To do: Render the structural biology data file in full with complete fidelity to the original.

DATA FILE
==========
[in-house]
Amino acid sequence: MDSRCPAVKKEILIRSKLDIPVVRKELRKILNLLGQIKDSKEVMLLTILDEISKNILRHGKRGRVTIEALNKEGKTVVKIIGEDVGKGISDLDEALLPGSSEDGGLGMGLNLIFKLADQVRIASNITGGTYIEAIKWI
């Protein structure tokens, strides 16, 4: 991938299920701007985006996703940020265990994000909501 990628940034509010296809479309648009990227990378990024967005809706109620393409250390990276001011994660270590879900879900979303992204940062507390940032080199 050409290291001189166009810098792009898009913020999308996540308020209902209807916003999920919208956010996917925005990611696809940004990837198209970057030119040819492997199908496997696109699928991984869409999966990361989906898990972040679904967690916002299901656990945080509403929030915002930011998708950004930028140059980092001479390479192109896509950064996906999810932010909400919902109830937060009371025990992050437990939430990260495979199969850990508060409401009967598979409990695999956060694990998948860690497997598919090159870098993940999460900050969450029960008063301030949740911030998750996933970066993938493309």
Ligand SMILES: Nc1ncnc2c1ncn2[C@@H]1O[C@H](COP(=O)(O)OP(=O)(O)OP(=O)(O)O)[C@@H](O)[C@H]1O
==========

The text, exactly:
[in-house]
Amino acid sequence: MDSRCPAVKKEILIRSKLDIPVVRKELRKILNLLGQIKDSKEVMLLTILDEISKNILRHGKRGRVTIEALNKEGKTVVKIIGEDVGKGISDLDEALLPGSSEDGGLGMGLNLIFKLADQVRIASNITGGTYIEAIKWI
């Protein structure tokens, strides 16, 4: 991938299920701007985006996703940020265990994000909501 990628940034509010296809479309648009990227990378990024967005809706109620393409250390990276001011994660270590879900879900979303992204940062507390940032080199 050409290291001189166009810098792009898009913020999308996540308020209902209807916003999920919208956010996917925005990611696809940004990837198209970057030119040819492997199908496997696109699928991984869409999966990361989906898990972040679904967690916002299901656990945080509403929030915002930011998708950004930028140059980092001479390479192109896509950064996906999810932010909400919902109830937060009371025990992050437990939430990260495979199969850990508060409401009967598979409990695999956060694990998948860690497997598919090159870098993940999460900050969450029960008063301030949740911030998750996933970066993938493309």
Ligand SMILES: Nc1ncnc2c1ncn2[C@@H]1O[C@H](COP(=O)(O)OP(=O)(O)OP(=O)(O)O)[C@@H](O)[C@H]1O